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Charlottesville commemorates National Crime Victims’ Rights Week

crime victimsAccording to the most recent National Crime Victimization Survey from the Bureau of Justice Statistics, in 2019 1.2 million people were victims of violent crime, excluding simple assault.

While that is a significant decrease from the year before, now is the time to redouble our efforts so that victimization continues to decline and fewer and fewer people in our community become victims of crime.

The City of Charlottesville is commemorating National Crime Victims’ Rights Week to raise awareness about crime victims’ issues and rights.

“Our office is proud to support National Crime Victims’ Rights Week,” said Joe Platania, Charlottesville Commonwealth’s Attorney. “We see survivors every day who have been hurt and harmed. They are victims of sexual assault, domestic violence, financial exploitation, and child abuse. Victimization often leaves survivors isolated, scared, and hopeless. We cannot undo what happened, but this week shows our community’s commitment to honoring survivors and their journey and working to assist them and build resiliency.”

The U.S. Department of Justice Office for Victims of Crime leads communities throughout the country in their annual observances of National Crime Victims’ Rights Week by promoting victims’ rights and honoring crime victims and those who advocate on their behalf.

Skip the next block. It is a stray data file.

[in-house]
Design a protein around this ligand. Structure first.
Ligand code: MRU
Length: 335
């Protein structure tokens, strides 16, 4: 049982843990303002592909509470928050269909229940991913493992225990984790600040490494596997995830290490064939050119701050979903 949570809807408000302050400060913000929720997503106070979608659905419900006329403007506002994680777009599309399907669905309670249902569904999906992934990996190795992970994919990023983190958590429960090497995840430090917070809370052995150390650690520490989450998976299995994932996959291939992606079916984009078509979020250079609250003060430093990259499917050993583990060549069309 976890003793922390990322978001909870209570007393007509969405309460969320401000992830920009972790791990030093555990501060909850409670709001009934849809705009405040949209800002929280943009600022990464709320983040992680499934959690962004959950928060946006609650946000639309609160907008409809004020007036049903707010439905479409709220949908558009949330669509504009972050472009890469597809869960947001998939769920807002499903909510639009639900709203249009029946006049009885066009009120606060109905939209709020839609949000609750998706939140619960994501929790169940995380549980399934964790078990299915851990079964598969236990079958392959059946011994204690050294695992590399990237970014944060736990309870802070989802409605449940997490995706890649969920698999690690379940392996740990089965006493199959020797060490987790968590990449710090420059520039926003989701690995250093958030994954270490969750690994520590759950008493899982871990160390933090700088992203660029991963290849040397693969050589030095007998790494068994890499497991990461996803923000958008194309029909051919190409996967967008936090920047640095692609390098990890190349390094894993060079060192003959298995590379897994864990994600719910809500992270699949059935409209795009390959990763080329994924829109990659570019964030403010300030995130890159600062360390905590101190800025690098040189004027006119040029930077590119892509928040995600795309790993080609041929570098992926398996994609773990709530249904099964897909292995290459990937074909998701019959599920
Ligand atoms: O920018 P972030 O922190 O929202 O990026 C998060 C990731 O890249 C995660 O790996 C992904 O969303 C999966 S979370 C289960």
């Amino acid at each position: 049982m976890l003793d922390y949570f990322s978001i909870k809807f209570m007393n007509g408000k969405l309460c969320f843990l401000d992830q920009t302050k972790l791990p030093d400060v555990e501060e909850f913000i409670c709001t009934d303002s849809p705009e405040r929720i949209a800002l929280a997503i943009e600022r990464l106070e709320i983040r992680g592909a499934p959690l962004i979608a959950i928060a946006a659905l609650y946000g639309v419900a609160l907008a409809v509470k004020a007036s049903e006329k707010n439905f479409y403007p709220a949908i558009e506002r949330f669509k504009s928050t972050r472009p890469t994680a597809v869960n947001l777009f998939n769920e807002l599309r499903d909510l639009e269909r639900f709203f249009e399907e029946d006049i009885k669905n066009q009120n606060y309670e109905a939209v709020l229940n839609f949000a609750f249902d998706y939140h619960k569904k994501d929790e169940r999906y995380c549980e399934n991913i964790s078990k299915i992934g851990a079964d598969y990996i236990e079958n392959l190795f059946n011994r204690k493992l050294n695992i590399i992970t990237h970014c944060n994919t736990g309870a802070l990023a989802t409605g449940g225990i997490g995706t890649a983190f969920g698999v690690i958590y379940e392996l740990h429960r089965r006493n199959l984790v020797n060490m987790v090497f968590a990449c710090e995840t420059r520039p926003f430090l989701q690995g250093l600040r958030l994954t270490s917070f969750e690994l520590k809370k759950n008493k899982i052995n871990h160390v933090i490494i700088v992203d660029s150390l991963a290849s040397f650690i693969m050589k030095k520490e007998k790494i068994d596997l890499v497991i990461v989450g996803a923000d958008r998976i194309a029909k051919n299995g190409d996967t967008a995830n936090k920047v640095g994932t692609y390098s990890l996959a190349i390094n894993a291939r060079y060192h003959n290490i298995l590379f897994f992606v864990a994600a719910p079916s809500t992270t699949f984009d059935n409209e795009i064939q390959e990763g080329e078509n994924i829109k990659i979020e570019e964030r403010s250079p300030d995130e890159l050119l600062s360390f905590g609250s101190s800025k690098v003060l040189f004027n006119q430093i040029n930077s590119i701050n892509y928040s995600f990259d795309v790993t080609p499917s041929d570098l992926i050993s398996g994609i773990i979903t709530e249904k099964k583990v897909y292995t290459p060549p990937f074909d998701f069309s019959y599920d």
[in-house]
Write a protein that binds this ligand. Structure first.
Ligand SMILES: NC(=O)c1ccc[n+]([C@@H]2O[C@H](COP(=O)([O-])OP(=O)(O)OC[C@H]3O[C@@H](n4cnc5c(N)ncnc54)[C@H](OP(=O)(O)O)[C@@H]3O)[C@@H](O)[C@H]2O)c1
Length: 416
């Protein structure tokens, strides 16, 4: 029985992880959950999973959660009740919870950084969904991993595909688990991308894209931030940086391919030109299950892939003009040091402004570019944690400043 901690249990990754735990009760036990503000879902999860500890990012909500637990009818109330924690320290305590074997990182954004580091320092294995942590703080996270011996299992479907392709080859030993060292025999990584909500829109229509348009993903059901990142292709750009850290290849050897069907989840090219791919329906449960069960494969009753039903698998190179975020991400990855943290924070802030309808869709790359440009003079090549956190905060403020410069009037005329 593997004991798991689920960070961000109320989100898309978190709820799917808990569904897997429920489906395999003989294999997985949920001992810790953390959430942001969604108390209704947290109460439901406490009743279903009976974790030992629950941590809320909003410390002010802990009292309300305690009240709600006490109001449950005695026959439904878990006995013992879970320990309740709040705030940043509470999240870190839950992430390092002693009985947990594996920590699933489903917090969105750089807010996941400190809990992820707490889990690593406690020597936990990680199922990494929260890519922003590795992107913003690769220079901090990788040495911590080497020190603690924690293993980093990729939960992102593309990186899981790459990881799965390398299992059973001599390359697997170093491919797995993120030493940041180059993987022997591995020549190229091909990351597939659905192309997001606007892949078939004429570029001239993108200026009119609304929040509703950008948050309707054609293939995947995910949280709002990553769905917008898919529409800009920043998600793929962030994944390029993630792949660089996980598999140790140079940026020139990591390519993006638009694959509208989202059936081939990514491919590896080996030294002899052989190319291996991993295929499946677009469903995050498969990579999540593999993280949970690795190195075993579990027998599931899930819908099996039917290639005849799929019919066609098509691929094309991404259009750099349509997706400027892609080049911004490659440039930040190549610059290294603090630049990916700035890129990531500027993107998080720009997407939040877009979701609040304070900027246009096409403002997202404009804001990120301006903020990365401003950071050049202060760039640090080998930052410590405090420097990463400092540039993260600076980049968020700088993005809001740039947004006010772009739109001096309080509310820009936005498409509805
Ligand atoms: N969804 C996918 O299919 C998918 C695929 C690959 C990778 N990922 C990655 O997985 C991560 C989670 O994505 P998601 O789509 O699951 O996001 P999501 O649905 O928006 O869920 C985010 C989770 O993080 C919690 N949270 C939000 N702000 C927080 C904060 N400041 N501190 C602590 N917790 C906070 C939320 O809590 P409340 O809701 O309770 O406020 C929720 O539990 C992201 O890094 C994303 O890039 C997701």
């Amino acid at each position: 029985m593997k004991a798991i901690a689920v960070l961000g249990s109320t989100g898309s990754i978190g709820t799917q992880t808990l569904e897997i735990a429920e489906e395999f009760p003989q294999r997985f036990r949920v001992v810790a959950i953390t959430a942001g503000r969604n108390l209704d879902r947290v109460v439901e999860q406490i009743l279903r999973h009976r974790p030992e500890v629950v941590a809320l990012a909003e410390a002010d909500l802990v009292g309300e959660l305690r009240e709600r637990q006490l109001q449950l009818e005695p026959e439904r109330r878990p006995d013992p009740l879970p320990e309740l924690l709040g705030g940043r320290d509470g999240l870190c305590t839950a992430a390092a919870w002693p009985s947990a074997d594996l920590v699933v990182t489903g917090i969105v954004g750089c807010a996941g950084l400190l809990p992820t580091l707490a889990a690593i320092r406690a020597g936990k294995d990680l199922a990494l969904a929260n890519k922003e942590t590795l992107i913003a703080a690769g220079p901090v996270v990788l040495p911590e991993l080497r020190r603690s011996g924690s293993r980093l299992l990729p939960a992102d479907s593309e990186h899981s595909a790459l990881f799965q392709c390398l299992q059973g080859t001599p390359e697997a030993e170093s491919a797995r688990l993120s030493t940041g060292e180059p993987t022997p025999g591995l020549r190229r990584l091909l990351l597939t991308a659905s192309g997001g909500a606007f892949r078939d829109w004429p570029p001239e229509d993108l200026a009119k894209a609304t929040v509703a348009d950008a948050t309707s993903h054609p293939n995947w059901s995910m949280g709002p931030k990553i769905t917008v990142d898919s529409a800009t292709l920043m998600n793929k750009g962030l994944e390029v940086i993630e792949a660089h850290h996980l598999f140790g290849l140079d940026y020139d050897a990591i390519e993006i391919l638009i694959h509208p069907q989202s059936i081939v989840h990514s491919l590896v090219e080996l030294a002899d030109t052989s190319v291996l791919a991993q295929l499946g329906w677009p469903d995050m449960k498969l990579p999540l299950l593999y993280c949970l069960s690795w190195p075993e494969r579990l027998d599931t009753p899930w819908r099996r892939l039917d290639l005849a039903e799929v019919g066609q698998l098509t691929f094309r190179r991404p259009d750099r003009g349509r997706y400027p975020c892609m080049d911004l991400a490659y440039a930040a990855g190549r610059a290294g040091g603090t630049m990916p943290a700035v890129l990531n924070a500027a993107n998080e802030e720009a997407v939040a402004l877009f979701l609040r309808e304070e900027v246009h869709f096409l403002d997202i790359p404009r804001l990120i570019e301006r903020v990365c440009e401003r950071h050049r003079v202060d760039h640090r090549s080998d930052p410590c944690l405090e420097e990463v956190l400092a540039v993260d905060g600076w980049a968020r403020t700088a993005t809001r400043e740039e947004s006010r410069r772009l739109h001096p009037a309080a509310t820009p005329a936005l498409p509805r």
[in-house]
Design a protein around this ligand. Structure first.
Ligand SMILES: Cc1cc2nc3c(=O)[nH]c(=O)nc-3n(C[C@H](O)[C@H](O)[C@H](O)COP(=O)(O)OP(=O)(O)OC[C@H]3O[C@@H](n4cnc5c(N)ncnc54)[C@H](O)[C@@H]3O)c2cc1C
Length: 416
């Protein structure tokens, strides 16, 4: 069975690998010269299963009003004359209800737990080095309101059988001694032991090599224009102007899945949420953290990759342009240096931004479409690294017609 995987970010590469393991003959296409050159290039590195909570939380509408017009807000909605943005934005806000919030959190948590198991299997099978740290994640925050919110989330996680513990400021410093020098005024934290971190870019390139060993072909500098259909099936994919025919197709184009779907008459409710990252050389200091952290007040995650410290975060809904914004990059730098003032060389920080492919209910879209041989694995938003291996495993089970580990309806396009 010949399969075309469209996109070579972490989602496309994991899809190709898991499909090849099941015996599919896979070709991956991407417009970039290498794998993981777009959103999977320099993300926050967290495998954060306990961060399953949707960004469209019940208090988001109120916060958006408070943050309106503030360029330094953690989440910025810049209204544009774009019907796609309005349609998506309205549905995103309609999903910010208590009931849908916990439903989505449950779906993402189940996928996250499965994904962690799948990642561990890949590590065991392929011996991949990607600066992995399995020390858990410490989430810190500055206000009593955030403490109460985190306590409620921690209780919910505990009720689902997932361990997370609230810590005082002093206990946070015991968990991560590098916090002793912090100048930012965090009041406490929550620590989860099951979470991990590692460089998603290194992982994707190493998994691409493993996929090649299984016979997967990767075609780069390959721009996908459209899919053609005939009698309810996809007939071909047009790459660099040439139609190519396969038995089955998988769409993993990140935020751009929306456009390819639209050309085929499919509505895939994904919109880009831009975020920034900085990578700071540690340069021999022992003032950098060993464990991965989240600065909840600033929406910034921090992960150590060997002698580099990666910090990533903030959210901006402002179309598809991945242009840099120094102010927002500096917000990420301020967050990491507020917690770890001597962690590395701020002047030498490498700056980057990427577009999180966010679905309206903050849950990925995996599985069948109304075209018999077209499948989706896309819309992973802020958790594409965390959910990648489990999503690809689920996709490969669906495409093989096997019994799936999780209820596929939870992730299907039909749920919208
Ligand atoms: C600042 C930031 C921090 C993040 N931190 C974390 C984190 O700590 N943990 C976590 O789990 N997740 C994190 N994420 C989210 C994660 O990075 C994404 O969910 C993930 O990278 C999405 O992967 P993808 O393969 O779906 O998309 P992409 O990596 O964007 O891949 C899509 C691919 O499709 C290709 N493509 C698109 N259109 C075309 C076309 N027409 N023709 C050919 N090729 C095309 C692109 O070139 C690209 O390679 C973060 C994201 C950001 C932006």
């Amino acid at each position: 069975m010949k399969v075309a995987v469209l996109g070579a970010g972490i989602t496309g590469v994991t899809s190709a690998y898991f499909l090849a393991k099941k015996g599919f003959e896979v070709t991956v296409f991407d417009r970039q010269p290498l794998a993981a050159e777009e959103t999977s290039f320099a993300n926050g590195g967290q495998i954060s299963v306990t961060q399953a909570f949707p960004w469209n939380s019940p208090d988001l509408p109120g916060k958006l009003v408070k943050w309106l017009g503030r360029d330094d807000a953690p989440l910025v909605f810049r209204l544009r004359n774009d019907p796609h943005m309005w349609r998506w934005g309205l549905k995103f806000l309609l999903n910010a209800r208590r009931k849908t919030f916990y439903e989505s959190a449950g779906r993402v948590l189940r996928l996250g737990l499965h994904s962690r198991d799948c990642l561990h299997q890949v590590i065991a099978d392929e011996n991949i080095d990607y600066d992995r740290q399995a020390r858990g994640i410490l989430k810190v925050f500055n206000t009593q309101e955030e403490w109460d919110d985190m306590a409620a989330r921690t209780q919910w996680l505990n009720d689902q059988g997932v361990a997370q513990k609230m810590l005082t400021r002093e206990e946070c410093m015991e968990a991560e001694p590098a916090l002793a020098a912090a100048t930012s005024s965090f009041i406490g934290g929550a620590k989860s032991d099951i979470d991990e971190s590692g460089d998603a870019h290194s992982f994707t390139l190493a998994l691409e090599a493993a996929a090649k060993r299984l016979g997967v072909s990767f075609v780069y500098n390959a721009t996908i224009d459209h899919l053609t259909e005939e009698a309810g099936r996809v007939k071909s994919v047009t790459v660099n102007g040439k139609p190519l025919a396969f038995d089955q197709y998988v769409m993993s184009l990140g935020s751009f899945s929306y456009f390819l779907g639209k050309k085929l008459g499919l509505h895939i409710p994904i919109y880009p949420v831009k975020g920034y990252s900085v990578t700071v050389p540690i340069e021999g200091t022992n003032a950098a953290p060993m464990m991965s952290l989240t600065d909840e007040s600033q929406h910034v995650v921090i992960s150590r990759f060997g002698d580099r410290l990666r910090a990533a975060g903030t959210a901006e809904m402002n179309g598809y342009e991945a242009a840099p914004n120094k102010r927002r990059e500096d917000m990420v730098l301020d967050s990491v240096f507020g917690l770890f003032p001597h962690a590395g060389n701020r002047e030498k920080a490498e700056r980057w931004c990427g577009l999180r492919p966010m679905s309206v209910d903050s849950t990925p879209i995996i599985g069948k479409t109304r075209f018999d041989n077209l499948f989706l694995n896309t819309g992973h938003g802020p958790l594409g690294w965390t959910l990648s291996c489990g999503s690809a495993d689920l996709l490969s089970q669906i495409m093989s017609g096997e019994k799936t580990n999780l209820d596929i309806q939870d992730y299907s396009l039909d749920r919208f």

This year’s theme – Support Victims. Build Trust. Engage Communities. – celebrates the contributions that we all can make toward building trust in our community’s capacity to support the healing journeys of crime victims.

Trust is collective as well as individual, so we are honoring both the individual victims in our community and the groups engaged in building networks of understanding and support.

“As an advocate, I have seen firsthand how devastating the effects of crime can be on a survivor. Long after the physical scars heal, emotional and psychological trauma can remain,” said Pat O’Donnell, Program Director for the Charlottesville Victim Witness Assistance Program. “It is important for survivors to know that they are seen and heard, and that there are agencies in place to help them heal.”


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